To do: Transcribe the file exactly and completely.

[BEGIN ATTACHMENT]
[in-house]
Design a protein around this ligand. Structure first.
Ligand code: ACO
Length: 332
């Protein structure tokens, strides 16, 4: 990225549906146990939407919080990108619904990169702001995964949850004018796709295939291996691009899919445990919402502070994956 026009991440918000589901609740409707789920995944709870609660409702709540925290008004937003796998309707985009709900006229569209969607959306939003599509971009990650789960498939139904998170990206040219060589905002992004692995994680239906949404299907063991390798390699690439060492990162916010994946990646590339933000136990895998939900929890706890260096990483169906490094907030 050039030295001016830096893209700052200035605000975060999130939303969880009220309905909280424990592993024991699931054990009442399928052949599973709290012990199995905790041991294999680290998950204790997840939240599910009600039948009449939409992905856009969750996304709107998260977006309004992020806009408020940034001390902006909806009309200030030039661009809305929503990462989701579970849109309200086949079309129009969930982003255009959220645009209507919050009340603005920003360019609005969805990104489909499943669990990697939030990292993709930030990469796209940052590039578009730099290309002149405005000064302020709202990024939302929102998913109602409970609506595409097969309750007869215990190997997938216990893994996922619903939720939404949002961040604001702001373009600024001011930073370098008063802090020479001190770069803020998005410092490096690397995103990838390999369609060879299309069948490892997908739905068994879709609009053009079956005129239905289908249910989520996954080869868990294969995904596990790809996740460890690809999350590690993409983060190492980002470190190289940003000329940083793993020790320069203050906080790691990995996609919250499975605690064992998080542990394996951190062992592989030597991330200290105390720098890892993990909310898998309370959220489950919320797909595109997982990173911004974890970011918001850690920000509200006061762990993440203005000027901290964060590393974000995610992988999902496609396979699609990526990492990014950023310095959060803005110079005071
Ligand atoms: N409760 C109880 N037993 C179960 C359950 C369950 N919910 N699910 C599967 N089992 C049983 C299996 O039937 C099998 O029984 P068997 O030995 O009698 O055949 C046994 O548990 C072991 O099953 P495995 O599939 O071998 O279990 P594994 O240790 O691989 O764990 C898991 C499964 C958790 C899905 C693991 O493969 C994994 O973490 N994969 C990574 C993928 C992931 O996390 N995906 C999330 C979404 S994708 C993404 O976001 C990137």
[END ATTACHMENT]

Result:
[in-house]
Design a protein around this ligand. Structure first.
Ligand code: ACO
Length: 332
């Protein structure tokens, strides 16, 4: 990225549906146990939407919080990108619904990169702001995964949850004018796709295939291996691009899919445990919402502070994956 026009991440918000589901609740409707789920995944709870609660409702709540925290008004937003796998309707985009709900006229569209969607959306939003599509971009990650789960498939139904998170990206040219060589905002992004692995994680239906949404299907063991390798390699690439060492990162916010994946990646590339933000136990895998939900929890706890260096990483169906490094907030 050039030295001016830096893209700052200035605000975060999130939303969880009220309905909280424990592993024991699931054990009442399928052949599973709290012990199995905790041991294999680290998950204790997840939240599910009600039948009449939409992905856009969750996304709107998260977006309004992020806009408020940034001390902006909806009309200030030039661009809305929503990462989701579970849109309200086949079309129009969930982003255009959220645009209507919050009340603005920003360019609005969805990104489909499943669990990697939030990292993709930030990469796209940052590039578009730099290309002149405005000064302020709202990024939302929102998913109602409970609506595409097969309750007869215990190997997938216990893994996922619903939720939404949002961040604001702001373009600024001011930073370098008063802090020479001190770069803020998005410092490096690397995103990838390999369609060879299309069948490892997908739905068994879709609009053009079956005129239905289908249910989520996954080869868990294969995904596990790809996740460890690809999350590690993409983060190492980002470190190289940003000329940083793993020790320069203050906080790691990995996609919250499975605690064992998080542990394996951190062992592989030597991330200290105390720098890892993990909310898998309370959220489950919320797909595109997982990173911004974890970011918001850690920000509200006061762990993440203005000027901290964060590393974000995610992988999902496609396979699609990526990492990014950023310095959060803005110079005071
Ligand atoms: N409760 C109880 N037993 C179960 C359950 C369950 N919910 N699910 C599967 N089992 C049983 C299996 O039937 C099998 O029984 P068997 O030995 O009698 O055949 C046994 O548990 C072991 O099953 P495995 O599939 O071998 O279990 P594994 O240790 O691989 O764990 C898991 C499964 C958790 C899905 C693991 O493969 C994994 O973490 N994969 C990574 C993928 C992931 O996390 N995906 C999330 C979404 S994708 C993404 O976001 C990137």